People v. Wilson

Annotate this Case

614 N.E.2d 1227 (1993)

155 Ill. 2d 374

185 Ill. Dec. 542

The PEOPLE of the State of Illinois, Appellant, v. Timothy D. WILSON, Appellee.

No. 74104.

Supreme Court of Illinois.

May 20, 1993.

*1228 Roland W. Burris, Atty. Gen., Springfield, and Roger T. Russell, State's Atty., Belvidere (Norbert J. Goetten and William L. Browers, of the Office of the State's Attys. App. Pros., Elgin, of counsel), for the People.

G. Joseph Weller, Deputy Defender, and Barbara R. Paschen, Asst. Defender, of the Office of the State Appellate Defender, Elgin, for appellee.

Justice HEIPLE delivered the opinion of the court:

Following a bench trial in Boone County, the defendant, Timothy Wilson, was convicted of residential burglary and sentenced to serve six years in the Department of Corrections. The appellate court reversed. We reverse the appellate court and reinstate the conviction and sentence.

The rationale on which the appellate court based its reversal was that the conviction in this case was dependent upon an application of the "limited-authority" doctrine to residential burglary. In its ensuing discussion of the doctrine, the appellate court, second district, noted the decisions of the first, third, and fifth appellate districts which held the doctrine to be applicable to both public buildings and to private residences but declined to follow those decisions. It held to the contrary, that in the second district, the doctrine applied only to the burglary of public buildings.

Succinctly stated, the limited-authority doctrine states that authority to enter a building for a specific lawful purpose is vitiated when the wrongdoer departs from that purpose and commits a felony or theft, thus accommodating the language of the residential burglary statute which provides in pertinent part:

"A person commits residential burglary who knowingly and without authority enters the dwelling place of another with the intent to commit therein a felony or theft." Ill.Rev.Stat.1987, ch. 38, par. 19-3.

While the law in Illinois no longer requires a common law breaking as an essential element of the crime of burglary, the statute requires an entry which is both without authority and with intent to commit a felony or theft. People v. Weaver (1968), 41 Ill. 2d 434, 243 N.E.2d 245.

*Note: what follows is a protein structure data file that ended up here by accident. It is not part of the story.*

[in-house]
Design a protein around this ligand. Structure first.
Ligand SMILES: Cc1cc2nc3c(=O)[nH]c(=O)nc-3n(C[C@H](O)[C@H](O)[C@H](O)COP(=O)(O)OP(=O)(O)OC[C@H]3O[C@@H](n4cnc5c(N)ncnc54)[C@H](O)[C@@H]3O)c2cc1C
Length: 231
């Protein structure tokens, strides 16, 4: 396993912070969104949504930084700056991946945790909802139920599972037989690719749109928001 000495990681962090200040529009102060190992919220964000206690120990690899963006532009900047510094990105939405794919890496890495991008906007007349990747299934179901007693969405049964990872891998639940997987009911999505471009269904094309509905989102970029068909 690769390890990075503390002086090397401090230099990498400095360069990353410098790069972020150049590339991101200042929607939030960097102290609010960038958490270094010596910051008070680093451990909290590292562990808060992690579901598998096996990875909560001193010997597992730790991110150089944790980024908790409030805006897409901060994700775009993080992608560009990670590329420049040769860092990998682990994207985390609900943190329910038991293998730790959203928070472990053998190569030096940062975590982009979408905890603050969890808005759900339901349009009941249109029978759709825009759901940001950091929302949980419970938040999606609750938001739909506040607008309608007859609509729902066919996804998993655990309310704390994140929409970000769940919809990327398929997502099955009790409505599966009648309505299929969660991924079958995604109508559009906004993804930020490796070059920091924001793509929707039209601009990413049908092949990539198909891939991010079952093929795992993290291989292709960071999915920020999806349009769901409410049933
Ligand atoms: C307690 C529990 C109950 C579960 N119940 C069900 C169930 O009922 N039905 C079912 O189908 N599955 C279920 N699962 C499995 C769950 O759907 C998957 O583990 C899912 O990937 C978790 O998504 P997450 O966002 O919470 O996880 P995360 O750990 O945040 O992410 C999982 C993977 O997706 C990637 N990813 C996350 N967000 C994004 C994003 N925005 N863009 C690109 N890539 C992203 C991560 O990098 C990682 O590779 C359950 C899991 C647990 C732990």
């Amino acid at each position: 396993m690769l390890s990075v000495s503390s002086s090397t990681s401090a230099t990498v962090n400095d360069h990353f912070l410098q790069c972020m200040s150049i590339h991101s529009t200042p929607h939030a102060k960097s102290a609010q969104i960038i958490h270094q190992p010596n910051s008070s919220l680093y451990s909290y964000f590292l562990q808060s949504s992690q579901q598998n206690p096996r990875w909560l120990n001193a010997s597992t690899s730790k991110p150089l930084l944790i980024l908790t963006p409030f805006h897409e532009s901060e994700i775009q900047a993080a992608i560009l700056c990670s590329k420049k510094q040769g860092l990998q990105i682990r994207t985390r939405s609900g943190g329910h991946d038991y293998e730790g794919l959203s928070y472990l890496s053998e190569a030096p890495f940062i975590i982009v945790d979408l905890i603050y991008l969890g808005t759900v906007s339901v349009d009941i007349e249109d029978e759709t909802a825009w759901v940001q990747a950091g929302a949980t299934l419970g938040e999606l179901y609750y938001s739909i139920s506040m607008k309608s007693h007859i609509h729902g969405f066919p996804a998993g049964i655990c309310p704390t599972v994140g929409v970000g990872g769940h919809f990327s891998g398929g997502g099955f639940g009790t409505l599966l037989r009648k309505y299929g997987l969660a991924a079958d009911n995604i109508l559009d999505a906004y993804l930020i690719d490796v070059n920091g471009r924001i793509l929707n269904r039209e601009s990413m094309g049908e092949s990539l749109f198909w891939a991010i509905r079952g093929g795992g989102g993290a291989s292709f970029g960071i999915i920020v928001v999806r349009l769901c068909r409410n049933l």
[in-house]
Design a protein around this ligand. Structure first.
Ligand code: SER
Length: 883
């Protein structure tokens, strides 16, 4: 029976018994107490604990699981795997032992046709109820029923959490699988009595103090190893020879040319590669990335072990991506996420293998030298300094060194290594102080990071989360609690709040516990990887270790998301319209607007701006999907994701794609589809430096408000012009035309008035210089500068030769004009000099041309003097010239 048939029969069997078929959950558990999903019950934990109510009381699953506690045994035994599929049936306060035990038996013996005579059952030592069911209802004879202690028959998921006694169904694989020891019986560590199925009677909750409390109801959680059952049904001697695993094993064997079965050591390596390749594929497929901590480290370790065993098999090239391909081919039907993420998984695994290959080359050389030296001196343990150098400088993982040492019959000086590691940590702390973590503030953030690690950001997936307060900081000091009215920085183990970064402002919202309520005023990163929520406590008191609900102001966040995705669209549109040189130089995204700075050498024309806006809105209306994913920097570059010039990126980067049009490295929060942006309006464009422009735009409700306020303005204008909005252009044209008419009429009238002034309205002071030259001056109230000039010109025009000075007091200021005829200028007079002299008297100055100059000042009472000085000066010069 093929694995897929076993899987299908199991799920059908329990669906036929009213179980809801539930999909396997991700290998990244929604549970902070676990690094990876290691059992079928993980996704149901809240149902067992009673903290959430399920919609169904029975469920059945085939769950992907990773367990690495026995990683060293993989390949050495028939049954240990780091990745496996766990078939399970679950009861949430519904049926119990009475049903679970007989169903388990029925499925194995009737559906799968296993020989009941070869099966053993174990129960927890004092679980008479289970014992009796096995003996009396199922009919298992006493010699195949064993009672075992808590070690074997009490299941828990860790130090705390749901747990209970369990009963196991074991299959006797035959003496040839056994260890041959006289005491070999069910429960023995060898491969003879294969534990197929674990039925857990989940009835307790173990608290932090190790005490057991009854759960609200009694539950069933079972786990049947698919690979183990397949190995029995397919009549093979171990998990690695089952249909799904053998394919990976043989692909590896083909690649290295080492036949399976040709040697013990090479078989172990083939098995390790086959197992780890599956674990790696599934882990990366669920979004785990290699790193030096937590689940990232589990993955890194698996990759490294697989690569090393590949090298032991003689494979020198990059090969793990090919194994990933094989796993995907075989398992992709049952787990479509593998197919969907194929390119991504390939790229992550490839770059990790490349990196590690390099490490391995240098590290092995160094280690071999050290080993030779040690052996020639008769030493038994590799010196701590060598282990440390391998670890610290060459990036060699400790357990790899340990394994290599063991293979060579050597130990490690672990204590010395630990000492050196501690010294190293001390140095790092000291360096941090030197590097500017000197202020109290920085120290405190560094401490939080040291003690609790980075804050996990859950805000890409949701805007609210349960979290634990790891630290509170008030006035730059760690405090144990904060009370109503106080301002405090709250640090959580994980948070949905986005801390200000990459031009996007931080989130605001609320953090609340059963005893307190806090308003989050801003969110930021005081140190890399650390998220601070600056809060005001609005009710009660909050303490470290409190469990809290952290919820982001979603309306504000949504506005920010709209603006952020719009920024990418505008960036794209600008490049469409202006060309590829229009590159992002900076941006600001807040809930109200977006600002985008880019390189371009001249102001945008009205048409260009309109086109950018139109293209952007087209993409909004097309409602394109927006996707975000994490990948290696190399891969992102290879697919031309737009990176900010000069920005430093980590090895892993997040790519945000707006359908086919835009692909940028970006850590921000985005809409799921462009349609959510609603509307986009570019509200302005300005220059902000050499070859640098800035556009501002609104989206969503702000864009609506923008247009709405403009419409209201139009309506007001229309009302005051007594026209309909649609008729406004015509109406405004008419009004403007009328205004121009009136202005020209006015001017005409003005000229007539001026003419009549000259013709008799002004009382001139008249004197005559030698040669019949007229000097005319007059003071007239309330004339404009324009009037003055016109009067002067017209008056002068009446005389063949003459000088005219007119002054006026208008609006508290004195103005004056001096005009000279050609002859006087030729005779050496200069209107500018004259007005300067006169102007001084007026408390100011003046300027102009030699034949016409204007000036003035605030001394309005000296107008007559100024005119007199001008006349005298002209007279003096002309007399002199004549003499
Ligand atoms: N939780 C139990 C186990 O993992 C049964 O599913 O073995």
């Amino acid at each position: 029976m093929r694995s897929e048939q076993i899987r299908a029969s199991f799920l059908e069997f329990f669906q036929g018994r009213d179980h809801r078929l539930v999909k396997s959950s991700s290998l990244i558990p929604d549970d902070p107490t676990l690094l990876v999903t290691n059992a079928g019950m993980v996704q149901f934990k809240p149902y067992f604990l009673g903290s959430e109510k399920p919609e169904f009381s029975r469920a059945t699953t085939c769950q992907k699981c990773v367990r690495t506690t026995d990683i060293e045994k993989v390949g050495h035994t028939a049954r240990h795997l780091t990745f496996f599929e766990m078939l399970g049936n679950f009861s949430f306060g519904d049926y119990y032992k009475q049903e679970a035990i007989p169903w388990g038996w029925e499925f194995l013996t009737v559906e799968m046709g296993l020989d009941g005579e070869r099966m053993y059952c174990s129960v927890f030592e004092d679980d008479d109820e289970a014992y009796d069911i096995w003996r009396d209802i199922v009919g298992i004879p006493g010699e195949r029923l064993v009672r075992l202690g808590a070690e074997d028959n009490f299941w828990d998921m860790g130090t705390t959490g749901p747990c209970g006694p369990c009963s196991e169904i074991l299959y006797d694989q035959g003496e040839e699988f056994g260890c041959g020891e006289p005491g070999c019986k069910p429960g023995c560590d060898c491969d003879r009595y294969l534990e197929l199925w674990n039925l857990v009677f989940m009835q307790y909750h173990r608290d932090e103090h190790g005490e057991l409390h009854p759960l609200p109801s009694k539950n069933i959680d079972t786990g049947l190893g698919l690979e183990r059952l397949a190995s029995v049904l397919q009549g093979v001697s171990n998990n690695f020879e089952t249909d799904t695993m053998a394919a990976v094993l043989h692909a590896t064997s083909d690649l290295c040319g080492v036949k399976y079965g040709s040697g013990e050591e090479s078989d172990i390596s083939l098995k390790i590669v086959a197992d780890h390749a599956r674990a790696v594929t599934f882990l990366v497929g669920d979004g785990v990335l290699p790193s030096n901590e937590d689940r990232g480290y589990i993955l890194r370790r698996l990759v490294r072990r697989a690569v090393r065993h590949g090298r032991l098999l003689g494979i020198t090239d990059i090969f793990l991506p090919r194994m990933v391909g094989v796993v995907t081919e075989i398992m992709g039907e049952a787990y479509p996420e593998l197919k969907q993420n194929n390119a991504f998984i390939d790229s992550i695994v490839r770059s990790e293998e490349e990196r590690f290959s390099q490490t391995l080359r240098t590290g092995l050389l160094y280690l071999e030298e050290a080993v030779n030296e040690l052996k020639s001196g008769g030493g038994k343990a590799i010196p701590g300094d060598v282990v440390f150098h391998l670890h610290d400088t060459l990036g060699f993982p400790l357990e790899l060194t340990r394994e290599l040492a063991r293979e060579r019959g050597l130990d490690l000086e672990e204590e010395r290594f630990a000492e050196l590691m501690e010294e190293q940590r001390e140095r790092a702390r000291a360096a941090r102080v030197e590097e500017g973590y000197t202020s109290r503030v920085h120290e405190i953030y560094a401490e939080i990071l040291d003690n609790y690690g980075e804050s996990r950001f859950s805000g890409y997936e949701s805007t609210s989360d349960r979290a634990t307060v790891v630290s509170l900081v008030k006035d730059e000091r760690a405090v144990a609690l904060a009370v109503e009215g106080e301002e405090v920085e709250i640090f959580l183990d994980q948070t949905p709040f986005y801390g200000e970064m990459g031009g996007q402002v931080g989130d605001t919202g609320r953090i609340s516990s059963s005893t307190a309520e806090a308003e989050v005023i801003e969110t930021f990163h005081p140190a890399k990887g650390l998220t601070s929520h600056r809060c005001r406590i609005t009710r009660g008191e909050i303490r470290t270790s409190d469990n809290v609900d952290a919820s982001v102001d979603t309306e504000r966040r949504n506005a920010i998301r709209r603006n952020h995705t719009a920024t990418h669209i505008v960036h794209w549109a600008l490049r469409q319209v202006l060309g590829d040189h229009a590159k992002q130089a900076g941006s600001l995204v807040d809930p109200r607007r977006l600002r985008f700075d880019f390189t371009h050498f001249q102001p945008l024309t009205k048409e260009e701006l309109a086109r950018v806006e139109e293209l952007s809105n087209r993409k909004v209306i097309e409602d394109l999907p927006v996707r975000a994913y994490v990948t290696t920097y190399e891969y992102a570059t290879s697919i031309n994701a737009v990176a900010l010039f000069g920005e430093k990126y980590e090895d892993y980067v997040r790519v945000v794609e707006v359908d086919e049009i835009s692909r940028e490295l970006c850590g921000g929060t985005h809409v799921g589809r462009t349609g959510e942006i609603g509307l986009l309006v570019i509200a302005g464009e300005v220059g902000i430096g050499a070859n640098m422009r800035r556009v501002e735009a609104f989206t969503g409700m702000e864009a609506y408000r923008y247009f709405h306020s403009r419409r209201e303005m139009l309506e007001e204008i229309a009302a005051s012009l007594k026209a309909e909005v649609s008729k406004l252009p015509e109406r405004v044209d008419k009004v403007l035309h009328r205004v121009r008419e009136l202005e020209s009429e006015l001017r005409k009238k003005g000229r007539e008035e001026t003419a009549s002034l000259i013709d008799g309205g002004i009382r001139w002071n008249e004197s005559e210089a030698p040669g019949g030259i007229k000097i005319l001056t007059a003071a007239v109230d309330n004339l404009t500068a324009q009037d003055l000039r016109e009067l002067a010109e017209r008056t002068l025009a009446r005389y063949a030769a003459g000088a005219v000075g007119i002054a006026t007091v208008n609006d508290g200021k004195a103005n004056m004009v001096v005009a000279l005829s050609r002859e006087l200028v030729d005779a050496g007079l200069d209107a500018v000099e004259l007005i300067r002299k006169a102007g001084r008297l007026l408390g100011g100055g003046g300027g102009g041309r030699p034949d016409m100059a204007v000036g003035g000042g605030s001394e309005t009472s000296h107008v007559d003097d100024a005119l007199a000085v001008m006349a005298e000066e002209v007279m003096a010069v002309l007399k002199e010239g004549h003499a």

A review of the relevant facts disclose that on December 26, 1988, defendant, Timothy D. Wilson, helped his aunt, Thelma Withrow, move from the residence she had shared with David Dammon. Dammon was not present, as he was on vacation at the time.

When Dammon returned, he found a note from Withrow informing him that she had left the house locked, that his VCR was under the pillow, and that his guns were in the closet. Dammon found, however, that his VCR and two of his guns were missing.

On January 2, 1989, defendant was arrested for an unrelated incident. At the time of arrest, defendant made statements implicating him in the theft of the guns.

At the jail, Deputy David Dylak and Detective Tim Brown of the Boone County sheriff's office interviewed defendant in regard to the guns. Defendant then gave a written, as well as an oral, statement as to the events of December 26, 1988.

At trial, both Dylak and Brown testified that defendant orally admitted that he took the guns and that he did not have permission to enter the Dammon residence. Dylak also read in court the defendant's handwritten confession, which stated:

"I Helped my aunt move I saw The guns. When we finished moving I went back To get The guns. I went To The Back door and opened IT. I went in got The guns and left. THaT was 12-26-88 I Have Had THem For a week. IT was a white House on 5th ST."

Defendant did not testify at trial but introduced the testimony of Thelma Withrow. She stated that after the move, she felt that she had forgotten something and asked her son, Michael Withrow, and the defendant to go back and check the house. She testified that her son left with the defendant to check on things at Dammon's house, but she was unsure if the two stayed together.